Lloyd's List is part of Informa PLC

This site is operated by a business or businesses owned by Informa PLC and all copyright resides with them. Informa PLC’s registered office is 5 Howick Place, London SW1P 1WG. Registered in England and Wales. Number 8860726.

This copy is for your personal, non-commercial use. For high-quality copies or electronic reprints for distribution to colleagues or customers, please call UK support at +44 (0)20 3377 3996 / APAC support at +65 6508 2430

Printed By

UsernamePublicRestriction
UsernamePublicRestriction

84 Teo Siong Seng, PIL

Pacific International Lines' boss Teo Siong Seng has been selling assets and the Singamas sale may have given breathing space as trade tensions keep a lid on growth; but questions remain over the company’s survival as an independent carrier

Executive chairman maintains his family's business can survive the wave of consolidation in container shipping

TEO Siong Seng, or SS Teo as he is more commonly known, has overseen a change in his company’s business this year.

With a fleet of about 120 containerships, mostly small to medium-sized vessels, Pacific International Lines runs as a regional carrier with its strength in north-south trade, especially the Red Sea to Africa and Latin America services.

It also owns Singamas Container Holdings, which earlier this year sold the majority of its business to Cosco for $565m.

About $300m of the proceeds from the sale will be used to repay bank loans, while $100m will be used for distribution of a special dividend.

The move has raised the question of whether PIL itself will be put up for sale. The company has not reported financial results since it recorded a $141m loss in the first half of 2018, at which time it had a total of $3.5bn of debt sitting on its books.

Moreover, it sits in a precarious position, being neither large enough to act as a major global operator and have the economies of scale required to survive, but possibly too big to act as a nimble specialist carrier.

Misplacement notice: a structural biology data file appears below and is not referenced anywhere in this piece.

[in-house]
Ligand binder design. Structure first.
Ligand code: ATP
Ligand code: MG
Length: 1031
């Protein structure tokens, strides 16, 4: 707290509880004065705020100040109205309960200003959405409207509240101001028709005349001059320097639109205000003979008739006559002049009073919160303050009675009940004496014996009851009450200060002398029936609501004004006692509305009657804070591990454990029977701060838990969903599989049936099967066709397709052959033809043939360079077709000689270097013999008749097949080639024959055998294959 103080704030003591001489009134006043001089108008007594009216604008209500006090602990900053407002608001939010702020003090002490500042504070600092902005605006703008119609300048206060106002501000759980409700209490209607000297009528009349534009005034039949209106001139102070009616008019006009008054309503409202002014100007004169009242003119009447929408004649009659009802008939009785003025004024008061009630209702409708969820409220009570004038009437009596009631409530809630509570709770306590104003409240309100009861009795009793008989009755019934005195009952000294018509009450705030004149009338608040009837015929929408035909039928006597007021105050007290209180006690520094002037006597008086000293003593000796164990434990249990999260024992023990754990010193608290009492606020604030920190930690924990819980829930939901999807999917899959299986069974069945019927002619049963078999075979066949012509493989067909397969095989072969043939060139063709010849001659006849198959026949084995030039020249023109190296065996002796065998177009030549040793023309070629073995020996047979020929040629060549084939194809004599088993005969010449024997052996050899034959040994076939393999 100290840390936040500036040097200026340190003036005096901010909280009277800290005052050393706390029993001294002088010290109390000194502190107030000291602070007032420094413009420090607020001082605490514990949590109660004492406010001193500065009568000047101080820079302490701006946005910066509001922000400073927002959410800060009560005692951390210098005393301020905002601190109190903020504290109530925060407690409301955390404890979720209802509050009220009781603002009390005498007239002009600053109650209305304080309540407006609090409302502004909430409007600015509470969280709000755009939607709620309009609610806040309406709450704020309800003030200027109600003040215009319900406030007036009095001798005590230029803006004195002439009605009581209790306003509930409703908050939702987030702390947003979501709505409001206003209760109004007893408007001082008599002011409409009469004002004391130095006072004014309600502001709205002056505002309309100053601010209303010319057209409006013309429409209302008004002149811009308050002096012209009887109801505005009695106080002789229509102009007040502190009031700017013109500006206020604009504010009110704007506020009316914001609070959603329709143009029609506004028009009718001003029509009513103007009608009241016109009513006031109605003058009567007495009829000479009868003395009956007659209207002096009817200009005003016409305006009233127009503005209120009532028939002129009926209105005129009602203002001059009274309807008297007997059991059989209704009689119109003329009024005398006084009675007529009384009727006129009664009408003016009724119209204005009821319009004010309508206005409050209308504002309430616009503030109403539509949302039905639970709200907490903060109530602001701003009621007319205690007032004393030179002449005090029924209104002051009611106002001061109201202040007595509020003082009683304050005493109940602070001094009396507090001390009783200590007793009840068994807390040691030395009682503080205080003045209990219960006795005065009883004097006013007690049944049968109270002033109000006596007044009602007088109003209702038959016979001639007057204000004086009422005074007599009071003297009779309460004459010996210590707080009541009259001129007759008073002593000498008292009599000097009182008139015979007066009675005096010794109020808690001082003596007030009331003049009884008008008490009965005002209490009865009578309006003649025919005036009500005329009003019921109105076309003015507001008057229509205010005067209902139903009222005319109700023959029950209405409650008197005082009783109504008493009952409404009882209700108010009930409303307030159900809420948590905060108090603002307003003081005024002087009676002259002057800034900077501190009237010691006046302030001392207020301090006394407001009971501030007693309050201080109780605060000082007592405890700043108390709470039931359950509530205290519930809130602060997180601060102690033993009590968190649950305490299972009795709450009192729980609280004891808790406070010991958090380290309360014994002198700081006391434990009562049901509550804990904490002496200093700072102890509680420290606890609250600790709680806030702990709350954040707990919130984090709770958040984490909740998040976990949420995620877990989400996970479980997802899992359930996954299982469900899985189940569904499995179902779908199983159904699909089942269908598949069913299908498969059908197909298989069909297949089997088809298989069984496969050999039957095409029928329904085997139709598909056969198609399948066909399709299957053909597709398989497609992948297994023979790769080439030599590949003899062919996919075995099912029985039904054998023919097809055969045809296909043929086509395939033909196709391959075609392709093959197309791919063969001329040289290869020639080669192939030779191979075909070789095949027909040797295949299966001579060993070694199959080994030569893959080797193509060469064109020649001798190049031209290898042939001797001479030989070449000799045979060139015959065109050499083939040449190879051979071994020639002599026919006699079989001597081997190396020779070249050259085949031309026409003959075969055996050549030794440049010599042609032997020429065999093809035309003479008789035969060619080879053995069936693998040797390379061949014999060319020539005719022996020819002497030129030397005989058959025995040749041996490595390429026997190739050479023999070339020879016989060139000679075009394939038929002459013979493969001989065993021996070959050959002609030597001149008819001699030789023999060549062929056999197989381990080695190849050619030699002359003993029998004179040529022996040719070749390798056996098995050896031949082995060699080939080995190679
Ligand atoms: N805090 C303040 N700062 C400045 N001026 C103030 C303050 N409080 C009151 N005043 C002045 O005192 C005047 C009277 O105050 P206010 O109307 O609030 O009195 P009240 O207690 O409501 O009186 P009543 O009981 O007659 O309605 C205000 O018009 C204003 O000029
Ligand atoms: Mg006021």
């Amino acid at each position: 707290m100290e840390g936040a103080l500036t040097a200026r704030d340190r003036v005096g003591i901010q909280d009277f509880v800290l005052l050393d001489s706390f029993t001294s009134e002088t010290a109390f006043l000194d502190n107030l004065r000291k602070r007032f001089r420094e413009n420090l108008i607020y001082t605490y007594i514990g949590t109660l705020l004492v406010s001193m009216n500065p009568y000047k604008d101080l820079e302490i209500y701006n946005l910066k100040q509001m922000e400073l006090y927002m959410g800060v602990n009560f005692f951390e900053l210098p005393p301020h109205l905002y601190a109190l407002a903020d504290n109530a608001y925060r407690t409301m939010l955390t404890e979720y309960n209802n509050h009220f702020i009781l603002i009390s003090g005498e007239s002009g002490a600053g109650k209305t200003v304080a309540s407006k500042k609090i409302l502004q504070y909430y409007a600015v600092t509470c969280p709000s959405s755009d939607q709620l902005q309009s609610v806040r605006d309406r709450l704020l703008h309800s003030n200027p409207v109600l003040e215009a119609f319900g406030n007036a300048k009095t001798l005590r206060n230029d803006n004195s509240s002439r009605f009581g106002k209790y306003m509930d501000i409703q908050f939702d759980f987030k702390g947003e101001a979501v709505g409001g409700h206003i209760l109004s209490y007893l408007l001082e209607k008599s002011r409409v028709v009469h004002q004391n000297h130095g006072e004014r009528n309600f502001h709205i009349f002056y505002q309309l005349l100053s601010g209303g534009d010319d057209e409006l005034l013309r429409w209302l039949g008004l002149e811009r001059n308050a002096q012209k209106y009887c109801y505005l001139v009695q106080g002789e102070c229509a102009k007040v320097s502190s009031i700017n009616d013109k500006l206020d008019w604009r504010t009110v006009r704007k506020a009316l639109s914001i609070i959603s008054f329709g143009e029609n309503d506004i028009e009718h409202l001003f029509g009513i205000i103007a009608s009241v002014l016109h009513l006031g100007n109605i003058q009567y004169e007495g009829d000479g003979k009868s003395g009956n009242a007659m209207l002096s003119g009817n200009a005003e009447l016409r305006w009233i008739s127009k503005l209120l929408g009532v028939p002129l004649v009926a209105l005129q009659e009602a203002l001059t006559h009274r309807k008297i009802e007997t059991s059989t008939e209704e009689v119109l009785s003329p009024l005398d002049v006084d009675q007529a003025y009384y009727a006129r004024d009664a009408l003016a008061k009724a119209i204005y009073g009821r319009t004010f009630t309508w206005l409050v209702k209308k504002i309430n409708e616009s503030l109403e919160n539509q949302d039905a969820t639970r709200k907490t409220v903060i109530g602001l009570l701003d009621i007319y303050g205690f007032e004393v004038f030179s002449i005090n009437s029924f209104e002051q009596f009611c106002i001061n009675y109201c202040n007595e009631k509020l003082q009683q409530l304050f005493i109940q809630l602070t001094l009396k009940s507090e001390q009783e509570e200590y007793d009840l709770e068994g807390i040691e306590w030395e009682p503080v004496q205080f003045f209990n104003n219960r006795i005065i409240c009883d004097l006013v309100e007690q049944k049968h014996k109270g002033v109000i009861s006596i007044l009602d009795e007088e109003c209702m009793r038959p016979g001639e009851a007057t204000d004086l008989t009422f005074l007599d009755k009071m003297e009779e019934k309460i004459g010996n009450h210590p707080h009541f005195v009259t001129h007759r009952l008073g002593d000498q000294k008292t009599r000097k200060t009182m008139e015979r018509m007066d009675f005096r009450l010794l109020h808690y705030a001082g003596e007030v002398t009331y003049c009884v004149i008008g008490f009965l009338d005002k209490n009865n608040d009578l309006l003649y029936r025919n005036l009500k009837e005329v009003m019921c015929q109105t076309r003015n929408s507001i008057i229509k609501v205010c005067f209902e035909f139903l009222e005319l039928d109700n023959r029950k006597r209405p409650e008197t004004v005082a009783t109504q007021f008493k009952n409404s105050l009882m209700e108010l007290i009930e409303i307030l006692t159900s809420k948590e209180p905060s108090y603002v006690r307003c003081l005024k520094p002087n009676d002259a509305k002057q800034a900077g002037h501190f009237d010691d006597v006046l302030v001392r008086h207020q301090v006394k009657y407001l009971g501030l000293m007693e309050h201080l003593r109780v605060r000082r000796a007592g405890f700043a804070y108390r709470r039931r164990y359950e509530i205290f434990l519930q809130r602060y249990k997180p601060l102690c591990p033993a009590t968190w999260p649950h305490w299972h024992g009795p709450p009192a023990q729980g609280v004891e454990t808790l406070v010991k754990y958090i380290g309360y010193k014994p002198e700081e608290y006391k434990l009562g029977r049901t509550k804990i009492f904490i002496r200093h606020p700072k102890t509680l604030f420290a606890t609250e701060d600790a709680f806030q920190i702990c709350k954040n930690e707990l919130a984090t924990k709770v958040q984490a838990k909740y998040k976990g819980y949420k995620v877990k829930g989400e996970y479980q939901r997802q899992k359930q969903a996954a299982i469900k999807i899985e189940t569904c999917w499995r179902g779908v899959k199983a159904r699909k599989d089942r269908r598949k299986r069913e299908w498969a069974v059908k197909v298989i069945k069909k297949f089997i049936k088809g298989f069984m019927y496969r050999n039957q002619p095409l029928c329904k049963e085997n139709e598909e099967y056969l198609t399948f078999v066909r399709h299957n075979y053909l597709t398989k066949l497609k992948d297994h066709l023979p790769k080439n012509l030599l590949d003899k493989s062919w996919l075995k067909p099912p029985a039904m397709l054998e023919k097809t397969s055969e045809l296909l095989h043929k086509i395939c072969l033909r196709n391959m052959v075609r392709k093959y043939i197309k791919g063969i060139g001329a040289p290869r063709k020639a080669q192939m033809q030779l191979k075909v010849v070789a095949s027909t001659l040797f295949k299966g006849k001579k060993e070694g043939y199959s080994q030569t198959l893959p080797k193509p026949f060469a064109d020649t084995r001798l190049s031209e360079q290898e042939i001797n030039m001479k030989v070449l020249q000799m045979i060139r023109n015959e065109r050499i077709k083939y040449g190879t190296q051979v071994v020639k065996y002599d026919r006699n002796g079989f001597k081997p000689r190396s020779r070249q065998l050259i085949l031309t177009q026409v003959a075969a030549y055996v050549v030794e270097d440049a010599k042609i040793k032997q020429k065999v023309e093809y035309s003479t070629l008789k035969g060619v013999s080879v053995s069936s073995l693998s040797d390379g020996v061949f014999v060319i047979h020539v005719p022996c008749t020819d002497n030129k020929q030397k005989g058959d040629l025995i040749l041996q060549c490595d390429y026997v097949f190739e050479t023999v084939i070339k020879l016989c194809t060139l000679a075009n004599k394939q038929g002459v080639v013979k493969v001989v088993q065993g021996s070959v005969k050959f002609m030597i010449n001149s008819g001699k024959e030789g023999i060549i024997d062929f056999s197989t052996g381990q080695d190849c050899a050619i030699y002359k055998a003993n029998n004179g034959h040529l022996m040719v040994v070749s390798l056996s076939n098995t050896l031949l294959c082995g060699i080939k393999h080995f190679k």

Speaking earlier this year, Mr Teo maintained that PIL could survive the wave of consolidation in container shipping. “We are small, but we are strong,” he said.

However, at that point he was still looking forward to a recovery in container shipping in the second half of the year — a recovery that has failed to emerge.

It would be hard to sell off the company his father founded more than 50 years ago, but the decision may be influenced more by events in Washington and Beijing.

Mr Teo also appeared in the Top 100 in 2010, 20132014201520162017 and 2018.

 

LL Top 100 2019 inline banner

Related Content

Topics

UsernamePublicRestriction

Register

LL1129868

Ask The Analyst

Please Note: You can also Click below Link for Ask the Analyst
Ask The Analyst

Your question has been successfully sent to the email address below and we will get back as soon as possible. my@email.address.

All fields are required.

Please make sure all fields are completed.

Please make sure you have filled out all fields

Please make sure you have filled out all fields

Please enter a valid e-mail address

Please enter a valid Phone Number

Ask your question to our analysts

Cancel